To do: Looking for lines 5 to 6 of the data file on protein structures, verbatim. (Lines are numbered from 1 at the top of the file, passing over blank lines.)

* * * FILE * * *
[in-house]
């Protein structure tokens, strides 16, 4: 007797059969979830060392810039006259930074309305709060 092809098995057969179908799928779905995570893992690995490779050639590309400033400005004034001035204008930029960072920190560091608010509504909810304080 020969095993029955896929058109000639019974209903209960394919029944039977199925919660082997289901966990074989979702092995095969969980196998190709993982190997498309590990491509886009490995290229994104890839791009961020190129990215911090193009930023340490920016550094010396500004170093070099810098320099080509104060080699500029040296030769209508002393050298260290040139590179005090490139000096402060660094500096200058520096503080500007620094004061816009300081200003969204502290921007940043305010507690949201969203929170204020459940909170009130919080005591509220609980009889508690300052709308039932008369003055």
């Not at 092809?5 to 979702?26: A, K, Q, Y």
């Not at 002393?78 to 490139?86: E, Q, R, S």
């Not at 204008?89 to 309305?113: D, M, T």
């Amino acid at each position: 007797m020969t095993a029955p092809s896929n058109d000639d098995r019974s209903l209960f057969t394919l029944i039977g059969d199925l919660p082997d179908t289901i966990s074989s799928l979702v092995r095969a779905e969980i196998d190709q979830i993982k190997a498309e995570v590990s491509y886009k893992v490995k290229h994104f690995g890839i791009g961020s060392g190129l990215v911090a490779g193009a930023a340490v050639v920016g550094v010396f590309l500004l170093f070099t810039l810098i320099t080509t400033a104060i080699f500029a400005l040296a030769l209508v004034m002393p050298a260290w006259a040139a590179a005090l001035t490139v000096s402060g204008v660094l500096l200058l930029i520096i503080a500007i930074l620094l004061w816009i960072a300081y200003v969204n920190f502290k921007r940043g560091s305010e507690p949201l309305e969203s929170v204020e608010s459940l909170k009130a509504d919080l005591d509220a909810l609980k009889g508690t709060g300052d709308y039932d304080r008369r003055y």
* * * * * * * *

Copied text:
């Not at 204008?89 to 309305?113: D, M, T």
């Amino acid at each position: 007797m020969t095993a029955p092809s896929n058109d000639d098995r019974s209903l209960f057969t394919l029944i039977g059969d199925l919660p082997d179908t289901i966990s074989s799928l979702v092995r095969a779905e969980i196998d190709q979830i993982k190997a498309e995570v590990s491509y886009k893992v490995k290229h994104f690995g890839i791009g961020s060392g190129l990215v911090a490779g193009a930023a340490v050639v920016g550094v010396f590309l500004l170093f070099t810039l810098i320099t080509t400033a104060i080699f500029a400005l040296a030769l209508v004034m002393p050298a260290w006259a040139a590179a005090l001035t490139v000096s402060g204008v660094l500096l200058l930029i520096i503080a500007i930074l620094l004061w816009i960072a300081y200003v969204n920190f502290k921007r940043g560091s305010e507690p949201l309305e969203s929170v204020e608010s459940l909170k009130a509504d919080l005591d509220a909810l609980k009889g508690t709060g300052d709308y039932d304080r008369r003055y």